Now, we had some first day decisions to make – do we sit down on a Masters branded deckchair, given to us by the tour company, just one of many items of memorabilia and merchandise that has made its way home with us, or wander around the track trying to keep up with events. We went with wandering. You can, however, just plonk yourself on other people’s pre-positioned deckchairs, so long as they’re free, and until their owners come back to politely kick you out (in a friendly, respectful, Augusta National kinda way).
We watched a load of groups tee off on 1, then followed the European trio of Molinari, Rafael Cabrera-Bello and Tyrrell Hatton round for a bit, until the fairway of 3, where we waited halfway towards the hole, at the side by the pines, and saw tee shots and approaches from the next few groups
Phil Mickelson went into the rough here. We were less than a club's length away from him as he played out. I was trembling! Leaning all over my brother to get a better view but desperately trying to avoid placing my entire body weight upon him, for fear that we might fall across the flimsy rope that separates patrons from players. This proved to be a delicate balance over the course of the day, and even more so on the Sunday as one tries to trade off a perfect view of a shot with the compromise of being accused of groping ones fellow golfing ganderer. No phones are allowed inside the grounds, so there are no selfies or photo opportunities and I must say the whole experience is better for it. You soak it all up so much more fully without any technology to tempt you into tapping away at a screen.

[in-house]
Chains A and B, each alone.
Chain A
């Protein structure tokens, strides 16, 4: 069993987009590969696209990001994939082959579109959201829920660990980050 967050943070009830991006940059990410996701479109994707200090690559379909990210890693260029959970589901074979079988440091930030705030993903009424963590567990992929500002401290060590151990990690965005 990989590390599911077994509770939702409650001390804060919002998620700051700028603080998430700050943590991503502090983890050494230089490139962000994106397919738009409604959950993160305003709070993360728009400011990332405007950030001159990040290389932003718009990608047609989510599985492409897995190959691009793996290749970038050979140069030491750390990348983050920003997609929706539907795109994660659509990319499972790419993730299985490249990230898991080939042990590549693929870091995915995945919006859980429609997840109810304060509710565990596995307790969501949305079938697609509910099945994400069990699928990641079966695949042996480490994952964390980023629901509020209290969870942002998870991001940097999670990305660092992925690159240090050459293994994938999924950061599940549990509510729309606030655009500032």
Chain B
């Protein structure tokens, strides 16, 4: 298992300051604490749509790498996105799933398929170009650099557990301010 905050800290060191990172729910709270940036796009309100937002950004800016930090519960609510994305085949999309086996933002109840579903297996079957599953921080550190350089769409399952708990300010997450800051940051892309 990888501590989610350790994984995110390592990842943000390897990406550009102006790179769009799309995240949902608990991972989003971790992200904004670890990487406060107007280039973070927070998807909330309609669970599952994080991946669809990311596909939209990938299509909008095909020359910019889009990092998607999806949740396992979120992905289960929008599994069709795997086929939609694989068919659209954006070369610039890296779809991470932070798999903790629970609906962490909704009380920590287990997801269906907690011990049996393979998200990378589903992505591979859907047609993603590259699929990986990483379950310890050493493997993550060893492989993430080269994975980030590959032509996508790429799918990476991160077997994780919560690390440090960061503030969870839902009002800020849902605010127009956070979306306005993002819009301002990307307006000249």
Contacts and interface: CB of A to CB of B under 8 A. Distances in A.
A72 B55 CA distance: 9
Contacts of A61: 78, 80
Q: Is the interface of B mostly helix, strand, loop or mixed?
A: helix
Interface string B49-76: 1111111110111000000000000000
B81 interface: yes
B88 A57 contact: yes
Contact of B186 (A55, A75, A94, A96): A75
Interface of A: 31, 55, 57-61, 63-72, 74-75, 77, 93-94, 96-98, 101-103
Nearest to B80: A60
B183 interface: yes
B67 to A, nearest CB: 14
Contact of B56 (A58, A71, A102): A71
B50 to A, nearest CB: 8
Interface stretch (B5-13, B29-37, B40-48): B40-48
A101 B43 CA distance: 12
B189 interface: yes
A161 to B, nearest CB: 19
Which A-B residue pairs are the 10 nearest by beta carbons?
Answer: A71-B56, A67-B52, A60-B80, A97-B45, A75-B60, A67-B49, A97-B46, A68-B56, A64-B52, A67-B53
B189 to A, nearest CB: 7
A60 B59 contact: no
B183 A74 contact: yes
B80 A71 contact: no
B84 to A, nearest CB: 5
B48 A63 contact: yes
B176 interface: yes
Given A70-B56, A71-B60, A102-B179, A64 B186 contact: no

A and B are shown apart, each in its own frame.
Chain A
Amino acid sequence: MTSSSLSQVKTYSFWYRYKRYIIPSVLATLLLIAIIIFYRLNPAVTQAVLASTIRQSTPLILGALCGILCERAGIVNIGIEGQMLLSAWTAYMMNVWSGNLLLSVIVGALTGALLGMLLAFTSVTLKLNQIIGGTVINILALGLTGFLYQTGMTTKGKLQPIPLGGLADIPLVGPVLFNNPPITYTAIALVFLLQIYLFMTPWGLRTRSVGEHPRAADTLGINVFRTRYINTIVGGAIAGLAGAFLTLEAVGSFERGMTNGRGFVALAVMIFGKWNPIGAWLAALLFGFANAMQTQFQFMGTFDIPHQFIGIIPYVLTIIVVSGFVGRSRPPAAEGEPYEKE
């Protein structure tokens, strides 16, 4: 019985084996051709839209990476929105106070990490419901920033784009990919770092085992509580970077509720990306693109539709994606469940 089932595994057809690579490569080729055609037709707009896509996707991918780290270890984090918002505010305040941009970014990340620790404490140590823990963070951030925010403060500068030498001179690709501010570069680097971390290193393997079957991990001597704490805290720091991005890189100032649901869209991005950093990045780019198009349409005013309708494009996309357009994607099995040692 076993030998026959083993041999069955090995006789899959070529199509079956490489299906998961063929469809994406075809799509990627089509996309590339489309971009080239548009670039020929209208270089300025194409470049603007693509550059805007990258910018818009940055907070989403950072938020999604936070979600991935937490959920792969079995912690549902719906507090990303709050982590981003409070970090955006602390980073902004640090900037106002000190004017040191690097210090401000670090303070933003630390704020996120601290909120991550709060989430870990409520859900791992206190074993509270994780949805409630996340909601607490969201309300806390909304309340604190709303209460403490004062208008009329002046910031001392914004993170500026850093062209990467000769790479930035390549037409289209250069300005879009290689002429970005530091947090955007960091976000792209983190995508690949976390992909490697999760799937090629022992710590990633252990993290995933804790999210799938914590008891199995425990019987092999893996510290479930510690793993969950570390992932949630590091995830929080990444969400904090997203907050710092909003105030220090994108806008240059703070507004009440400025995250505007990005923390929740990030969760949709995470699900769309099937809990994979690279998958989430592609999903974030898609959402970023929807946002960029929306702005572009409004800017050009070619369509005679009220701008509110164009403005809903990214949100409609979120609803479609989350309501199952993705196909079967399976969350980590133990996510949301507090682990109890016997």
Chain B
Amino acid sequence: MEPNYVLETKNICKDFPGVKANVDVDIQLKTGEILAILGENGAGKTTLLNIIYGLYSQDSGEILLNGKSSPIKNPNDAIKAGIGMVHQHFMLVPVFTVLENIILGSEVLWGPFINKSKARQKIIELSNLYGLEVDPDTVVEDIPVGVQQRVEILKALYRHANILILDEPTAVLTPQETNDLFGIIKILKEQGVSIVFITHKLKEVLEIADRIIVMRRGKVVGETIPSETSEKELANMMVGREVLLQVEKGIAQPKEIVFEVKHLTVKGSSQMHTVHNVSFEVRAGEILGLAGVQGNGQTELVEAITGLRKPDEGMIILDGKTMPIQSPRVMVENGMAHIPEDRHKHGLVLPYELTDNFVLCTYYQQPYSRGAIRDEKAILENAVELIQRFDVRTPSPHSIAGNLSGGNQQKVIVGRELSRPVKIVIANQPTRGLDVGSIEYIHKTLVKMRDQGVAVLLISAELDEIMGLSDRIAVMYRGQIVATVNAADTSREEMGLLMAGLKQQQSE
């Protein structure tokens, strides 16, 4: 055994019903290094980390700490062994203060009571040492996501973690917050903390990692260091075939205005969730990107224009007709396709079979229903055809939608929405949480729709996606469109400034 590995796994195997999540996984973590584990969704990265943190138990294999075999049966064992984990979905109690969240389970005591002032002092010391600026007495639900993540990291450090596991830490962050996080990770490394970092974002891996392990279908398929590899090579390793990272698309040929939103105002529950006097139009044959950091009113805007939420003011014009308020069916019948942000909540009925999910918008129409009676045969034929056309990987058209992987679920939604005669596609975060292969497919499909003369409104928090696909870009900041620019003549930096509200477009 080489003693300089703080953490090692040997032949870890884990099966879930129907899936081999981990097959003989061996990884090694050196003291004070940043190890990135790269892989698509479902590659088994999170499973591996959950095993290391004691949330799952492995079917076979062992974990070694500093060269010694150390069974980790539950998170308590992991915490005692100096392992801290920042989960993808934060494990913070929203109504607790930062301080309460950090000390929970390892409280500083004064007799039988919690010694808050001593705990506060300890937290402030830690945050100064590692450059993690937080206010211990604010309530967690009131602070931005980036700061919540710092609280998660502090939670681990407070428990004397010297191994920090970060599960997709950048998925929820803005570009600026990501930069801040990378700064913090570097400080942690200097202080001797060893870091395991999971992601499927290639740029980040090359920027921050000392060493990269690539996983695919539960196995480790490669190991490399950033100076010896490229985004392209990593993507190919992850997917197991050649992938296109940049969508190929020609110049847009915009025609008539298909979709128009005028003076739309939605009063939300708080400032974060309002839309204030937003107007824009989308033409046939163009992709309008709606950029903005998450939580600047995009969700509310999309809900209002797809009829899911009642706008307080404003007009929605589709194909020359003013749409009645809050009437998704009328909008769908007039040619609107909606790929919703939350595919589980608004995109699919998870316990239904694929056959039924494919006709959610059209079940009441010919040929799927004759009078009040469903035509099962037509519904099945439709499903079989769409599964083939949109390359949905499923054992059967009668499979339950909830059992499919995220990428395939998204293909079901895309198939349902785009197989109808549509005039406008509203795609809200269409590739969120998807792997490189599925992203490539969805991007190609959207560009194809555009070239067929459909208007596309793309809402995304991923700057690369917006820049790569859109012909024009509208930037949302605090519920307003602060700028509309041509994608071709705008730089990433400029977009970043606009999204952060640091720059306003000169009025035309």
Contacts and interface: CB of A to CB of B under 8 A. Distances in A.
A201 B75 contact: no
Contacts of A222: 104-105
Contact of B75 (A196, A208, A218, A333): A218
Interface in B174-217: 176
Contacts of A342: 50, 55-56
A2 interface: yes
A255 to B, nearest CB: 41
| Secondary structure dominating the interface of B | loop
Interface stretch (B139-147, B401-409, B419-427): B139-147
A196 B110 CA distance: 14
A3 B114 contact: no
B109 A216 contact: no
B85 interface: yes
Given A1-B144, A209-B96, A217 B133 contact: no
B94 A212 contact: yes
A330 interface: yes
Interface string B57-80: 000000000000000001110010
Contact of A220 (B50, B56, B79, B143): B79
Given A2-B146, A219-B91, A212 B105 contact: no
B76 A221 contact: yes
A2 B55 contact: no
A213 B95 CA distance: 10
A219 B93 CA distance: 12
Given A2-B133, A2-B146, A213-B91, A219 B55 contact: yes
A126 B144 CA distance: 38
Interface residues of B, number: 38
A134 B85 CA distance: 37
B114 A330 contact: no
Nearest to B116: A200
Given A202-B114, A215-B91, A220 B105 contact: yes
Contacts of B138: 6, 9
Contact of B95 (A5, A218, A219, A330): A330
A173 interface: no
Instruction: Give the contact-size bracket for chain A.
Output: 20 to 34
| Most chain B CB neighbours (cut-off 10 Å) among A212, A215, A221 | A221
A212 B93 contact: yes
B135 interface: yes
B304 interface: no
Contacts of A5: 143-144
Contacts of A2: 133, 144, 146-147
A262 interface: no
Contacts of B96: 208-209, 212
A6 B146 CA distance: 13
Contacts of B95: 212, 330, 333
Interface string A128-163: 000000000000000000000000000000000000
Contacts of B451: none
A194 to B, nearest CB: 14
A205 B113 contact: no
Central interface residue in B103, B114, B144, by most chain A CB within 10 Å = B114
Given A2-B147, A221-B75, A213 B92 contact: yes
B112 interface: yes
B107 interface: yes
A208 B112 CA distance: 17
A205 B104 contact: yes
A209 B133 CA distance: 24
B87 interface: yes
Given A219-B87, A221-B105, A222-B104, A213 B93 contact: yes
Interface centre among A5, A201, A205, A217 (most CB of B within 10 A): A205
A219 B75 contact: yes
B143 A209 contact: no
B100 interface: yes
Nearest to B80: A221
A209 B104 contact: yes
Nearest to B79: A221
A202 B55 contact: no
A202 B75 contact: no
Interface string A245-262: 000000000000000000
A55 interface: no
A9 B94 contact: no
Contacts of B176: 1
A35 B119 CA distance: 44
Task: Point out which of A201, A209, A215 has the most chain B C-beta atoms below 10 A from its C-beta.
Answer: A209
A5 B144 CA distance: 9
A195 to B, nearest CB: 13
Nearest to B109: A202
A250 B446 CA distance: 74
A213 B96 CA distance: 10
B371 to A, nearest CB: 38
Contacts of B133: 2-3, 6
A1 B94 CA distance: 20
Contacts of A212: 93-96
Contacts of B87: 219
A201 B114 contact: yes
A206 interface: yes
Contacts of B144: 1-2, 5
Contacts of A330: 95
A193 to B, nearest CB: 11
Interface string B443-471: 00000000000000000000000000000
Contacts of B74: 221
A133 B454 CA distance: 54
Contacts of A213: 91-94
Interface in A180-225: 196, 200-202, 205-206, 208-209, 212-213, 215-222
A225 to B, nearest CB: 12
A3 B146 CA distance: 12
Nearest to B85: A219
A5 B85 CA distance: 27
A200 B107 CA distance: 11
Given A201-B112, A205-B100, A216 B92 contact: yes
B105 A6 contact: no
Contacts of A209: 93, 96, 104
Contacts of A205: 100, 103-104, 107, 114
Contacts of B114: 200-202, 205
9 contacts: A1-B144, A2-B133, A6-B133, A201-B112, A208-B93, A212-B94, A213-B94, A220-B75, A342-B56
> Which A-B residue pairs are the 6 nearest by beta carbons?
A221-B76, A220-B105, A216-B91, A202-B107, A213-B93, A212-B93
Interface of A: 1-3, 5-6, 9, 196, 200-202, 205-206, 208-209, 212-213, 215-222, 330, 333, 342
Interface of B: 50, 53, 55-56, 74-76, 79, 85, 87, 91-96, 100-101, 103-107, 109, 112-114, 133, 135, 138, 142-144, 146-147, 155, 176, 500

Then we headed to the 240 yard par-3 fourth and cheered on a few pin-peppering shots from there. The tee is high above the green, so you get an incredible view from up there.
It was around 11am, so we grabbed a cheap but charming pimento cheese sandwich – the prices of food and drink at Augusta are ridiculously good value, seemingly unchanged at around $2 for everything since the days of Jack Nicklaus (who, I forgot to mention earlier, is the course designer of the Reserve Club at Woodside). The concessions hall is run with the precision as a laser range-finder but with as much variety as Ian Poulter's dressing room, so you can be in and out within minutes but yet keep yourself satisfied for hours.
From 5, we jumped to Azalea (13), to hit a grandstand, where you can see tee boxes, greens and fairways all from one elevated position. You can look down and see the Hogan bridge from there so this was our first glimpse of Amen Corner. This is where we saw the aforementioned and sartorially-elegant Poulter take the outright lead after his 2ndshot got plugged against the steep greenside bank of Rae’s Creek. He was pumped. Not Ryder Cup-pumped but certainly buoyed by his early place at the head of the leaderboard, so we followed him down 14, cheering him on with other Brits (although a lot of yanks were surprisingly rooting for him too), before positioning ourselves in the roaring sunshine next to the devilishly tough pin on the par 3 16th. We sat in (someone else’s ) deckchairs there for about an hour, watching all the superstars come through. By this point, it was only about 1430, so we knew the likes of Woods, McIlroy, Rahm, Fleetwood etc had only just commenced their rounds back on the first tee.